At the PCPCU in Rome
The orientation in Rome included a visit to the PCPCU, the Vatican's Pontifical Council for Promoting Christian Unity, where Bishop Brian Farrell, the Secretary of the Council met with the interns and their advisors.

In terms of the theological areas to be explored over the next 9 months, Dr Amos has decided that given the context of the Diocese in Europe, and the varied nature and backgrounds of the candidates, to focus on the issue of Anglican identity. Clare says, "Apart from being valuable in itself, it would be beneficial to any interns going forward eventually on the ordination process, where the ‘Why are you an Anglican?’ question is likely to be asked of some of them".

The ‘Signposts statement’ which was developed by a working group in the Anglican Communion about 10 years ago, suggests four elements of the ‘The Anglican Way’ which will figure in the theological programme:
  • Formed by Scripture
  • Shaped through Worship
  • Ordered for Communion
  • Directed by God’s Mission

A video has been produced by the Revd Dr Robert Kinney and Mr George O'Mahony to introduce the interns to the diocese and to let them share some of their hopes for their participation in the scheme. It is here:



Nordic/Baltic Deanery could be the Church of England's most diverse

Stockholm Cathedral

The clergy from the Nordic/Baltic Deanery were recently hosted and indeed inspired by one of Area Dean Nick Howe's close colleagues in the Church of Sweden Stockholm Cathedral. The Revd Ulf Lindgren, the Canon Precentor of the Cathedral, gave a fascinating historical tour of this church where the Reformation in Sweden actually began. It was here that the first mass in Swedish was celebrated. It continues to be the venue for national events, royal weddings and funerals, and interestingly, even after formal disestablishment of the Church of Sweden, the official service to open Parliament. The Cathedral has many features that are more Mediterranean than Baltic, such as a beautiful collection of Bernini Angels! Fr Ulf also led the clergy in some biblical reflections, picking up some fascinating insights from the Old Testament that were new to us all.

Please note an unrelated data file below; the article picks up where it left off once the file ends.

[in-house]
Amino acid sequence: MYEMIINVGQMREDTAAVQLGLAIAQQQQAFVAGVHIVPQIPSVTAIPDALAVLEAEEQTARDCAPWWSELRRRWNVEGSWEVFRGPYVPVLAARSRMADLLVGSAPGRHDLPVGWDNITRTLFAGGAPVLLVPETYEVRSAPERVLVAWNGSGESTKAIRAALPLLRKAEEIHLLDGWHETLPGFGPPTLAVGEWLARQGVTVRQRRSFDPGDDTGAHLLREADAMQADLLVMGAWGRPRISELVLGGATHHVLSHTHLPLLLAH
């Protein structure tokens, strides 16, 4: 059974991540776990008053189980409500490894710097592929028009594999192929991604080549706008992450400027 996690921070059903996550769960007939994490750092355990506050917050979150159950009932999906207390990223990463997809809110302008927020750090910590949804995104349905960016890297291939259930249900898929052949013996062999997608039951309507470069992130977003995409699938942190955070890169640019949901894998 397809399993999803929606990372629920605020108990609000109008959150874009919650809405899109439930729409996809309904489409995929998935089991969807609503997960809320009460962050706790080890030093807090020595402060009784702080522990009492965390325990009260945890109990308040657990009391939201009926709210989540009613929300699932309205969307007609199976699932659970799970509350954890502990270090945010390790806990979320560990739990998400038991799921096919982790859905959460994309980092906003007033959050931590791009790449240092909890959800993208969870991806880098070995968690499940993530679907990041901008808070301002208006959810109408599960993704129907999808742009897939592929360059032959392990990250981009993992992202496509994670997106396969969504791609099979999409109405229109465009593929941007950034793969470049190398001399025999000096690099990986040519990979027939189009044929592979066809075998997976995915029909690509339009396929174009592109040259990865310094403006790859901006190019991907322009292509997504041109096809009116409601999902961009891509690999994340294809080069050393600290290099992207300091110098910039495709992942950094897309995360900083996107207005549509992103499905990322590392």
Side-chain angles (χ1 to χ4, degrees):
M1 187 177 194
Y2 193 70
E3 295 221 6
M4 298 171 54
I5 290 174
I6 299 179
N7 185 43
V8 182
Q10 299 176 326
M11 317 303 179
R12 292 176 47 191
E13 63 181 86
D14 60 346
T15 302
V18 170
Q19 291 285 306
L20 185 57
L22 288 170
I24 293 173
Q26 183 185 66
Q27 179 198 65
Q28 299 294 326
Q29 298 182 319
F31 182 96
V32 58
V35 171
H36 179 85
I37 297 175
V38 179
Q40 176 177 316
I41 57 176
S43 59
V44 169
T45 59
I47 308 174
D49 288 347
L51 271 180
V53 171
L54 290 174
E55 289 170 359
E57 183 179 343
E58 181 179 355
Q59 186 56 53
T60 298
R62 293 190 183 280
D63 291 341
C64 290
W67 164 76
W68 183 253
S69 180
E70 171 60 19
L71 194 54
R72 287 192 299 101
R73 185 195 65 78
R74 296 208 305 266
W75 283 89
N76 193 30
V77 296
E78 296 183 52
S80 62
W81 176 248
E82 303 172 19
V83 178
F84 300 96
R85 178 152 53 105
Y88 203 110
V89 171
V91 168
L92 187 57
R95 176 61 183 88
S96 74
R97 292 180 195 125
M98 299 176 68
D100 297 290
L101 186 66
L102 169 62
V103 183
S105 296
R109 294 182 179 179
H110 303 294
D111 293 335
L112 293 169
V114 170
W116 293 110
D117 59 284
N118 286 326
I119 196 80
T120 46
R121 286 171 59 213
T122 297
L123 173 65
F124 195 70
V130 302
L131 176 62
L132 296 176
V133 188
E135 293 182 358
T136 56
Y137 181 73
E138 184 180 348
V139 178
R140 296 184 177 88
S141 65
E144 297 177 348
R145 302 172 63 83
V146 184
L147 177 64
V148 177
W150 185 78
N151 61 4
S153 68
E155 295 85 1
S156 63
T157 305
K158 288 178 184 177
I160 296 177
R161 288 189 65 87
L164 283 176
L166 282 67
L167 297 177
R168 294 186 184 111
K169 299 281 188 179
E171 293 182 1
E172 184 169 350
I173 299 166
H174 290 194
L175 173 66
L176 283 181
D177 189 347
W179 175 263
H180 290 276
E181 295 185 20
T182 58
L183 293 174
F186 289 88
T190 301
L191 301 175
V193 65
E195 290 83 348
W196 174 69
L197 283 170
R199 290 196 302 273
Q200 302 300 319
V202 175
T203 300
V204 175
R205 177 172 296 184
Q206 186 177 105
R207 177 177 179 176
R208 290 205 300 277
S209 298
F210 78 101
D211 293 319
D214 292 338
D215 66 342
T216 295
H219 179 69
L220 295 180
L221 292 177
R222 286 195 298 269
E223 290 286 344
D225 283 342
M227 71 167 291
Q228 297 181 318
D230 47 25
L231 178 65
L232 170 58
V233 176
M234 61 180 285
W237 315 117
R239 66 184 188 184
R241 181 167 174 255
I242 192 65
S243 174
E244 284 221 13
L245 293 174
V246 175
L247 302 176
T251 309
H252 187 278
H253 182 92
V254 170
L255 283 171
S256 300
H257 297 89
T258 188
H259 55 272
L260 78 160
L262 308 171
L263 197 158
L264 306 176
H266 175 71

Bernini Angels in a Lutheran Cathedral

Canon Precentor of Stockholm Cathedral, the Revd Ulf Lindgren
The clergy chapter strikes me as being an essential event for our scattered priests who can feel very isolated in their ministry. Fr Bjarni, for instance, in Reykjavik, is a three hour flight from his nearest neighbouring Anglican priest. Living and working in countries in the region pose some distinct challenges too, as labour laws, issues of contracts and working hours, (even working hours for clergy!), can seem often at odds with the terms and conditions of our Church of England priests. Throw into that mix some of the expectations of some of the laity and you have a very challenging set of circumstances indeed. There was a strong sense of solidarity and mutual support among the clergy as they face these challenges in their localities.

Ok  you Church of England clergy, hands up those who come from England? 
The Nordic / Baltic Synod is likely the most culturally diverse of all our synods. Even the clergy who originate from England are in a very tiny minority as is revealed in the photo above.

Fr Nick gives directions to the clergy in the kitchen
The clergy were joined by the laity for the annual Deanery Synod. The sessions were held at the Church of St Peter and St Sigfrid in Stockholm, again with Fr Nick Howe convening and presiding as Area Dean. Always faithful to their calling as "servants of the servants of God" Nick organised the clergy into a team to cook and serve a festive Swedish meal for the lay delegates to synod. 

Director of Ministerial Development and Bishop find a new calling

Fr Amos (left): "Sorry sir, we only have mashed. No chips"
Andrew Caspari, the new Diocesan Secretary/Chief Operating Officer was able to introduce himself to the Deanery on this his first visit. We hope it was not too stressful, even though he has the unenviable but essential task of interpreting much of what happens at the level of the diocese, including safeguarding and financial matters, always of concern to synod members. He has already endeared himself to many nevertheless, through his love of (and generous sharing of) ice cream.

Diocesan Secretary, Andrew Caspari (centre)
Church of St Peter and St Sigfrid, Stockholm
The synod closed with the members joining the congregation at the Church of St Peter and St Sigfrid for the Sunday mass. The congregation, like many in our diocese, is observing the Season of Creation and the service focussed on our Christian calling as stewards of God's creation and especially planet Earth.

Church of St Peter and St Sigfrid, Stockholm